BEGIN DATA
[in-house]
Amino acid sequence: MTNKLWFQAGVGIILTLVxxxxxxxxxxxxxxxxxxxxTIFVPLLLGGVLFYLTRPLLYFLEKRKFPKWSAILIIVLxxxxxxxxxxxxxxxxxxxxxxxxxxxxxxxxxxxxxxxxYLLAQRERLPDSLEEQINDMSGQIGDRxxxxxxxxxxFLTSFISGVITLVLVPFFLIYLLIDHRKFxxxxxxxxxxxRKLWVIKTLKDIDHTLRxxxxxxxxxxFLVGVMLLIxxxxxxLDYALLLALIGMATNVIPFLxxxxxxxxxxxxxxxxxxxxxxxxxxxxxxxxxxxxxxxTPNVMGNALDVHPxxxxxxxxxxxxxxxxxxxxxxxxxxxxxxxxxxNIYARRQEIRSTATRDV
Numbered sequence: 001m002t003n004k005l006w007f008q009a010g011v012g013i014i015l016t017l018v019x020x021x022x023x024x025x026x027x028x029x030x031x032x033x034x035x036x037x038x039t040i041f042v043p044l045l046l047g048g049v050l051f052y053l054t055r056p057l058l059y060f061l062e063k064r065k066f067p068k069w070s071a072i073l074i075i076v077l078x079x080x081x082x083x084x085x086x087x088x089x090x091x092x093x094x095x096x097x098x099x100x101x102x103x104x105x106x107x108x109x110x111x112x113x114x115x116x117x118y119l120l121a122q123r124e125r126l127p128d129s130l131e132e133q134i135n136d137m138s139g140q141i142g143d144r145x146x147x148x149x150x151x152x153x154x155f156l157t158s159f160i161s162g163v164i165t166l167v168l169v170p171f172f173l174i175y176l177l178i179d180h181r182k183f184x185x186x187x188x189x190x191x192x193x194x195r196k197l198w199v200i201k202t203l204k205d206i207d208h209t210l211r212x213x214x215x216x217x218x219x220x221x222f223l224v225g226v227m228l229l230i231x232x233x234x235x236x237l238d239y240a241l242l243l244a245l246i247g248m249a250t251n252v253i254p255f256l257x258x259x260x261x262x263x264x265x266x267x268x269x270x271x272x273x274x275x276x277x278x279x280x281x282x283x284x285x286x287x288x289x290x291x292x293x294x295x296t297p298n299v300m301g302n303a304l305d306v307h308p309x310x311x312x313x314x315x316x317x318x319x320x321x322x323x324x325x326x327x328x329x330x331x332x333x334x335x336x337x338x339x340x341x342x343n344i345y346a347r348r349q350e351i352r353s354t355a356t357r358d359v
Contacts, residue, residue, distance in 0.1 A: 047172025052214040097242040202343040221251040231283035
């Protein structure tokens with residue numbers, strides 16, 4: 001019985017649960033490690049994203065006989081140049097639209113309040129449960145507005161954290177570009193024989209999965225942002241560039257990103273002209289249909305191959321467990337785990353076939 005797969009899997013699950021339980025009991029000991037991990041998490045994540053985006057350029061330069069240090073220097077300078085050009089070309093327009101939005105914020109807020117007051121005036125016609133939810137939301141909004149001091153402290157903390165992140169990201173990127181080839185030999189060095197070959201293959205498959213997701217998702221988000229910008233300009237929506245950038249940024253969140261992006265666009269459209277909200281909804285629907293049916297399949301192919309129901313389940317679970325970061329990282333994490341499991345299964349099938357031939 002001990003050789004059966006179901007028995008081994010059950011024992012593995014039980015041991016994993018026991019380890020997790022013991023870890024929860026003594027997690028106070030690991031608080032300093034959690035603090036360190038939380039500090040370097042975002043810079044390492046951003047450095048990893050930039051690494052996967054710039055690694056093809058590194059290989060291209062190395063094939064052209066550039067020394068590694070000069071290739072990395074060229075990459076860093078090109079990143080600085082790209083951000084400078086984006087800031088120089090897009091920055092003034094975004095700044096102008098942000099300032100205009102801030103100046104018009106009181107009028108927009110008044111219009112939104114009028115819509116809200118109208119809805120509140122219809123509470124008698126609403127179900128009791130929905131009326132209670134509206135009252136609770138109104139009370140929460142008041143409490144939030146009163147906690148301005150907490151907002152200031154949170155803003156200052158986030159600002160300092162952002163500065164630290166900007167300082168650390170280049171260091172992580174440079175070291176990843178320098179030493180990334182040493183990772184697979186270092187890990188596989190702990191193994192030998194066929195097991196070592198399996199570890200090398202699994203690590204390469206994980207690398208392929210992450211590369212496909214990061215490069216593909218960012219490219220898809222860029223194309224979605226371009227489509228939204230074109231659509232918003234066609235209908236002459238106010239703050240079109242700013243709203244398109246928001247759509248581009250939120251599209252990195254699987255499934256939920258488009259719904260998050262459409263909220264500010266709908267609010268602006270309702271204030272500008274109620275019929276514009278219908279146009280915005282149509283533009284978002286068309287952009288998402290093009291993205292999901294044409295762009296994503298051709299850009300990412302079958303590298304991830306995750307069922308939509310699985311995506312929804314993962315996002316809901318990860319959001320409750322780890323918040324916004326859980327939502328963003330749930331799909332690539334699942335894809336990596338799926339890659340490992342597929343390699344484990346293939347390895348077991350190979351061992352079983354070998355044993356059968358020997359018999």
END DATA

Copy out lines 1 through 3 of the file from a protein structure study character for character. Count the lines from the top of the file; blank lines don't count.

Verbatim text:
[in-house]
Amino acid sequence: MTNKLWFQAGVGIILTLVxxxxxxxxxxxxxxxxxxxxTIFVPLLLGGVLFYLTRPLLYFLEKRKFPKWSAILIIVLxxxxxxxxxxxxxxxxxxxxxxxxxxxxxxxxxxxxxxxxYLLAQRERLPDSLEEQINDMSGQIGDRxxxxxxxxxxFLTSFISGVITLVLVPFFLIYLLIDHRKFxxxxxxxxxxxRKLWVIKTLKDIDHTLRxxxxxxxxxxFLVGVMLLIxxxxxxLDYALLLALIGMATNVIPFLxxxxxxxxxxxxxxxxxxxxxxxxxxxxxxxxxxxxxxxTPNVMGNALDVHPxxxxxxxxxxxxxxxxxxxxxxxxxxxxxxxxxxNIYARRQEIRSTATRDV
Numbered sequence: 001m002t003n004k005l006w007f008q009a010g011v012g013i014i015l016t017l018v019x020x021x022x023x024x025x026x027x028x029x030x031x032x033x034x035x036x037x038x039t040i041f042v043p044l045l046l047g048g049v050l051f052y053l054t055r056p057l058l059y060f061l062e063k064r065k066f067p068k069w070s071a072i073l074i075i076v077l078x079x080x081x082x083x084x085x086x087x088x089x090x091x092x093x094x095x096x097x098x099x100x101x102x103x104x105x106x107x108x109x110x111x112x113x114x115x116x117x118y119l120l121a122q123r124e125r126l127p128d129s130l131e132e133q134i135n136d137m138s139g140q141i142g143d144r145x146x147x148x149x150x151x152x153x154x155f156l157t158s159f160i161s162g163v164i165t166l167v168l169v170p171f172f173l174i175y176l177l178i179d180h181r182k183f184x185x186x187x188x189x190x191x192x193x194x195r196k197l198w199v200i201k202t203l204k205d206i207d208h209t210l211r212x213x214x215x216x217x218x219x220x221x222f223l224v225g226v227m228l229l230i231x232x233x234x235x236x237l238d239y240a241l242l243l244a245l246i247g248m249a250t251n252v253i254p255f256l257x258x259x260x261x262x263x264x265x266x267x268x269x270x271x272x273x274x275x276x277x278x279x280x281x282x283x284x285x286x287x288x289x290x291x292x293x294x295x296t297p298n299v300m301g302n303a304l305d306v307h308p309x310x311x312x313x314x315x316x317x318x319x320x321x322x323x324x325x326x327x328x329x330x331x332x333x334x335x336x337x338x339x340x341x342x343n344i345y346a347r348r349q350e351i352r353s354t355a356t357r358d359v